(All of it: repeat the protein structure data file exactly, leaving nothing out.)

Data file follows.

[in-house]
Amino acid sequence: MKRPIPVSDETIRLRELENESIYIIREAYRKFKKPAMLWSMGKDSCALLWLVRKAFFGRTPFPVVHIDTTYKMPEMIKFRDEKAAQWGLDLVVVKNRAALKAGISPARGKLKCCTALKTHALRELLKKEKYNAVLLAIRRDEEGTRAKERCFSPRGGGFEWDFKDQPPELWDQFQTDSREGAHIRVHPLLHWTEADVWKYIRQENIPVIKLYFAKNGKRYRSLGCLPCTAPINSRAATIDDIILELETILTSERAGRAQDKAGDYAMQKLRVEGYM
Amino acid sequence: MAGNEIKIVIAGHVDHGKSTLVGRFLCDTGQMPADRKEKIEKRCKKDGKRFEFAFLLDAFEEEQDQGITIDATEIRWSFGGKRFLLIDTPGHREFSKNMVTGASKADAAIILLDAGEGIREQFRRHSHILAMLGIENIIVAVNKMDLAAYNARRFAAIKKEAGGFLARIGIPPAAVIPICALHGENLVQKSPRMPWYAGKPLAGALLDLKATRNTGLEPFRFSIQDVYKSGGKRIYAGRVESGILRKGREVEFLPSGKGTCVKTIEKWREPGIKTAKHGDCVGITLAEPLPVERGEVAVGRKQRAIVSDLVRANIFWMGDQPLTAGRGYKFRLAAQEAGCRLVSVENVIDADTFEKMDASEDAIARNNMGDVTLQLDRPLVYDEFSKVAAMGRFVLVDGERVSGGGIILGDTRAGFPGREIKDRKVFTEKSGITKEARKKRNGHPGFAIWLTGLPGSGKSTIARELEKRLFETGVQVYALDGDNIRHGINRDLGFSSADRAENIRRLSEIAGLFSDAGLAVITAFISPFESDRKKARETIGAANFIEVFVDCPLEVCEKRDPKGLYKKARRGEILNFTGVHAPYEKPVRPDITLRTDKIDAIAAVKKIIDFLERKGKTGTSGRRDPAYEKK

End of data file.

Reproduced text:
[in-house]
Amino acid sequence: MKRPIPVSDETIRLRELENESIYIIREAYRKFKKPAMLWSMGKDSCALLWLVRKAFFGRTPFPVVHIDTTYKMPEMIKFRDEKAAQWGLDLVVVKNRAALKAGISPARGKLKCCTALKTHALRELLKKEKYNAVLLAIRRDEEGTRAKERCFSPRGGGFEWDFKDQPPELWDQFQTDSREGAHIRVHPLLHWTEADVWKYIRQENIPVIKLYFAKNGKRYRSLGCLPCTAPINSRAATIDDIILELETILTSERAGRAQDKAGDYAMQKLRVEGYM
Amino acid sequence: MAGNEIKIVIAGHVDHGKSTLVGRFLCDTGQMPADRKEKIEKRCKKDGKRFEFAFLLDAFEEEQDQGITIDATEIRWSFGGKRFLLIDTPGHREFSKNMVTGASKADAAIILLDAGEGIREQFRRHSHILAMLGIENIIVAVNKMDLAAYNARRFAAIKKEAGGFLARIGIPPAAVIPICALHGENLVQKSPRMPWYAGKPLAGALLDLKATRNTGLEPFRFSIQDVYKSGGKRIYAGRVESGILRKGREVEFLPSGKGTCVKTIEKWREPGIKTAKHGDCVGITLAEPLPVERGEVAVGRKQRAIVSDLVRANIFWMGDQPLTAGRGYKFRLAAQEAGCRLVSVENVIDADTFEKMDASEDAIARNNMGDVTLQLDRPLVYDEFSKVAAMGRFVLVDGERVSGGGIILGDTRAGFPGREIKDRKVFTEKSGITKEARKKRNGHPGFAIWLTGLPGSGKSTIARELEKRLFETGVQVYALDGDNIRHGINRDLGFSSADRAENIRRLSEIAGLFSDAGLAVITAFISPFESDRKKARETIGAANFIEVFVDCPLEVCEKRDPKGLYKKARRGEILNFTGVHAPYEKPVRPDITLRTDKIDAIAAVKKIIDFLERKGKTGTSGRRDPAYEKK